“The president’s budget is filled with debt and deception, disconnected from reality and continues to move America in the wrong direction,” charged Sen. Kent Conrad (D-N.D.), chairman of the Senate Budget Committee, on Feb. 5.
“This administration has the worst fiscal record in history and this budget does nothing to change that,” he said. “It clings to the same misguided policies: costly tax cuts that primarily benefit the wealthiest, cuts in domestic priorities and more fiscal irresponsibility.”
In his $2.9 trillion budget, which does not include all the spending on the Iraq war, President Bush is proposing to slash $80 billion from Medicare while once again giving huge tax breaks to the very rich.
The Center for Budget and Policy Priorities said that people whose income exceeds $1 million per year would get an average $162,000 yearly tax reduction by 2012 under Bush’s plan. At the same time, seniors who have worked their entire lives would pay more for doctor visits (Medicare Part B) and watch their costs for prescription drugs skyrocket (Medicare Part D).
The Congressional Quarterly concluded, “The budget proposal includes an ambitious attempt to slow spending on entitlement programs, with Medicare as a particular target.” Rep. Pete Stark (D-Calif.), chairman of the House Ways and Means Health Subcommittee, summed it up: the administration’s plan for Medicare is “declaring war” on Americans.
Stark called for cutting payments to insurance companies that get Medicare checks and then disburse the money to hospitals, doctors and other professional providers. He proposed cutting funding to the middlemen who shuffle paper from stack A to stack B and focusing on maintaining doctors.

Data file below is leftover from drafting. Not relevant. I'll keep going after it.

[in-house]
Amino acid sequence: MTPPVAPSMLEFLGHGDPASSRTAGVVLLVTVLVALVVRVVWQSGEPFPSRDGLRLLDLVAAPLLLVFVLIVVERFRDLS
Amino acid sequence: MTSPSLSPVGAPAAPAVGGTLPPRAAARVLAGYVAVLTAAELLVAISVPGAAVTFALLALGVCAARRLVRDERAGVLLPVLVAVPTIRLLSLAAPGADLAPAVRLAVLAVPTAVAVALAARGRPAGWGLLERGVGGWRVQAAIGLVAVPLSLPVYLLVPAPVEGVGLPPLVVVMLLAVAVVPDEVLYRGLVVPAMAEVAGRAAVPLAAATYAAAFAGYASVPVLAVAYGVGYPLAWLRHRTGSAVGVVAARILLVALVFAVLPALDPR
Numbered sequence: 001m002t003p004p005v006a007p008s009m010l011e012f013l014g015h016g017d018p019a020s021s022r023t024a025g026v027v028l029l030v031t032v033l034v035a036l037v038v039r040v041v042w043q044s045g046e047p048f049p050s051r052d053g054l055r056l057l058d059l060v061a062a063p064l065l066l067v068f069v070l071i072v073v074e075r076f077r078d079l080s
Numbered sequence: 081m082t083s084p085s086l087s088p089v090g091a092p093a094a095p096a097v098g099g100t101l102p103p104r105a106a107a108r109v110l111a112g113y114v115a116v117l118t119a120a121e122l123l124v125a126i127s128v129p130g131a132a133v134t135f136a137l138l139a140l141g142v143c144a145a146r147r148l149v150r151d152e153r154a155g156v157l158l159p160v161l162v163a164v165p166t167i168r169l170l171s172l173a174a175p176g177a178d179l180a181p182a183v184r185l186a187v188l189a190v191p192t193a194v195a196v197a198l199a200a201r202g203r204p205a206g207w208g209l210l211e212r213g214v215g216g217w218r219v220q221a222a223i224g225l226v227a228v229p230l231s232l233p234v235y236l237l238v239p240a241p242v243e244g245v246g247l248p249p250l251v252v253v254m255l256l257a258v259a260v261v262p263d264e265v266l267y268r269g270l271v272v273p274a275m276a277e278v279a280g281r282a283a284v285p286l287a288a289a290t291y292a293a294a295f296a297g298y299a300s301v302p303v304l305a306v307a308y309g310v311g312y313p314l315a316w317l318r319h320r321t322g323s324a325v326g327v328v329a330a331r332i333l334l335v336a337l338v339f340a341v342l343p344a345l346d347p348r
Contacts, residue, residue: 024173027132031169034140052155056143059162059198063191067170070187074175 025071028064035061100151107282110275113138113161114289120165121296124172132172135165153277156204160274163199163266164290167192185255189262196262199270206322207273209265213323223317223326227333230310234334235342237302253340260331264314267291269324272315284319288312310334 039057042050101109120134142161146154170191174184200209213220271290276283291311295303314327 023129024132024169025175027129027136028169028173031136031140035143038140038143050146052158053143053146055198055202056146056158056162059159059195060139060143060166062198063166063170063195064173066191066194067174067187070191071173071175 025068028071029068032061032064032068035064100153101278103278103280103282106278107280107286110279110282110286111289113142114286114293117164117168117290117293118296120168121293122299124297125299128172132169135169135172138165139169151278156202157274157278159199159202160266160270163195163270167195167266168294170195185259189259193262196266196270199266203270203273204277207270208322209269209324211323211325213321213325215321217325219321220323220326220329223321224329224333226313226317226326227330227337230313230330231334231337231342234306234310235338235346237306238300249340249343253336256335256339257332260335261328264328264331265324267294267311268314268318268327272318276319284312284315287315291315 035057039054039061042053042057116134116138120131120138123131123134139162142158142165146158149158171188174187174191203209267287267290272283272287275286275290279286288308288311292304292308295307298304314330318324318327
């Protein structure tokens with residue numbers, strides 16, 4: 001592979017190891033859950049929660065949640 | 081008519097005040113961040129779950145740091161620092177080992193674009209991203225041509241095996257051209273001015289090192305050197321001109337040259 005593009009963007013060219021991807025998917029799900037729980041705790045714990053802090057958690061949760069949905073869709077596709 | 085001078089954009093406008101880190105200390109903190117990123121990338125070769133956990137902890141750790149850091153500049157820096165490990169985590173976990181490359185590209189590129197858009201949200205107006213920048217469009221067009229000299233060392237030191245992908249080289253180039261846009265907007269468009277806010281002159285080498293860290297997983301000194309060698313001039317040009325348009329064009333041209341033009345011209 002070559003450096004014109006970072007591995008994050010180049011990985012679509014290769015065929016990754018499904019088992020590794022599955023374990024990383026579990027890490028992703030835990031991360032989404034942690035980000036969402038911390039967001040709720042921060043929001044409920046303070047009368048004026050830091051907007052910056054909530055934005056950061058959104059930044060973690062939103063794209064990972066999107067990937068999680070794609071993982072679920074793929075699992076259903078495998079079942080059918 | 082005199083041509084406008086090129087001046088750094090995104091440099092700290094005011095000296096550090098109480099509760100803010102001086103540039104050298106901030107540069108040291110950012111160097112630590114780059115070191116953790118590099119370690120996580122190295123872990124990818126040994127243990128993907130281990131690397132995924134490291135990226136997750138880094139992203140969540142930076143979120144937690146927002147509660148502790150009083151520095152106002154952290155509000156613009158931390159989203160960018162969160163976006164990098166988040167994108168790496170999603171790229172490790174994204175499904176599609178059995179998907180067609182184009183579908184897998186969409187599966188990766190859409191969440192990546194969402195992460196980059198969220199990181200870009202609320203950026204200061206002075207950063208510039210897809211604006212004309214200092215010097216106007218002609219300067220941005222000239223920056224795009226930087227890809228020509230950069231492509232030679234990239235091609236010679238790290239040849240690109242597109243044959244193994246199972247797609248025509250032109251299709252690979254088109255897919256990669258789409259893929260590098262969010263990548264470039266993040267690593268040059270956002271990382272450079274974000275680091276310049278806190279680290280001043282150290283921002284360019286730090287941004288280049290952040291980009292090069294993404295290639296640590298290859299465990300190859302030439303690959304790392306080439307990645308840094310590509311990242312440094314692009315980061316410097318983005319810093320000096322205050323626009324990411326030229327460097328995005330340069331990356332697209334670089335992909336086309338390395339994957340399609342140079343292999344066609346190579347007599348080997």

The Steelworkers Organization of Active Retirees (SOAR) said Bush’s proposed Medicare cuts are $30 billion deeper than the cuts he proposed last year. Congress rejected Bush’s cuts at that time, and SOAR is urging that it do the same now.
The steelworker retirees noted with alarm that since Bush took office, 6.8 million more Americans have no health insurance and health care costs have shot up 66 percent.
Research by SOAR estimates that Medicare overpayments to private insurance companies amount to about $50 billion over 10 years. Sen. Max Baucus (D-Mont.), chairman of the Senate Finance Committee, said cutting the role of insurance companies “should be on table” as Congress, the “decider” on spending, begins debate on the budget.
AFL-CIO President John Sweeney condemned the proposed Medicare cuts as “unconscionable,” saying the Bush plan would shift more costs to the states.
Slashing Medicare would place even the limited state health care initiatives to cover uninsured residents, like the Massachusetts program or the plan being debated in Pennsylvania, at greater risk.
House Democrats, with a groundswell of support from labor and seniors groups, including the AARP, sent a salvo across the administration’s bow. By a 255-170 vote, with some Republicans joining in, they passed the Medicare Price Negotiation Act, HR 4, which enables the government to leverage mass buying power, as it already does at the Veterans Administration, to lower the cost of prescription drugs. It addresses the onerous provision jammed through by Republicans with their prescription drug plan, Medicare Part D.
A big issue in the 2006 midterm elections, especially in states like Pennsylvania, Medicare drug price negotiation passed during the first 100 hours of the new Democratic-controlled House.
dwinebr696 @ aol.com